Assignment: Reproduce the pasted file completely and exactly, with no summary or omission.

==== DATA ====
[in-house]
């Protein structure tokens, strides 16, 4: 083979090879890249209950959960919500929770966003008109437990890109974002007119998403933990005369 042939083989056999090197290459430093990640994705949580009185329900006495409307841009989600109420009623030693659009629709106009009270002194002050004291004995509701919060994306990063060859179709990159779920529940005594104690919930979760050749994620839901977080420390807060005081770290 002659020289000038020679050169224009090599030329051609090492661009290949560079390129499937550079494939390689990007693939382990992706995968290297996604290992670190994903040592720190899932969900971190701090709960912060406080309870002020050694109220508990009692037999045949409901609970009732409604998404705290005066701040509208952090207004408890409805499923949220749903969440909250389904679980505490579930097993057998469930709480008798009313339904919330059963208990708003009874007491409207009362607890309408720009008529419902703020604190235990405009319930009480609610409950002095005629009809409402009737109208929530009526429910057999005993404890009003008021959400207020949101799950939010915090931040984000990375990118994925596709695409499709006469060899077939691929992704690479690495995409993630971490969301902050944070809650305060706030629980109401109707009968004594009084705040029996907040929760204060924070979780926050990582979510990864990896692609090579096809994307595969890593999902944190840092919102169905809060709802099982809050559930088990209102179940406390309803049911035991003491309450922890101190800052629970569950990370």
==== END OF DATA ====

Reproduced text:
[in-house]
């Protein structure tokens, strides 16, 4: 083979090879890249209950959960919500929770966003008109437990890109974002007119998403933990005369 042939083989056999090197290459430093990640994705949580009185329900006495409307841009989600109420009623030693659009629709106009009270002194002050004291004995509701919060994306990063060859179709990159779920529940005594104690919930979760050749994620839901977080420390807060005081770290 002659020289000038020679050169224009090599030329051609090492661009290949560079390129499937550079494939390689990007693939382990992706995968290297996604290992670190994903040592720190899932969900971190701090709960912060406080309870002020050694109220508990009692037999045949409901609970009732409604998404705290005066701040509208952090207004408890409805499923949220749903969440909250389904679980505490579930097993057998469930709480008798009313339904919330059963208990708003009874007491409207009362607890309408720009008529419902703020604190235990405009319930009480609610409950002095005629009809409402009737109208929530009526429910057999005993404890009003008021959400207020949101799950939010915090931040984000990375990118994925596709695409499709006469060899077939691929992704690479690495995409993630971490969301902050944070809650305060706030629980109401109707009968004594009084705040029996907040929760204060924070979780926050990582979510990864990896692609090579096809994307595969890593999902944190840092919102169905809060709802099982809050559930088990209102179940406390309803049911035991003491309450922890101190800052629970569950990370």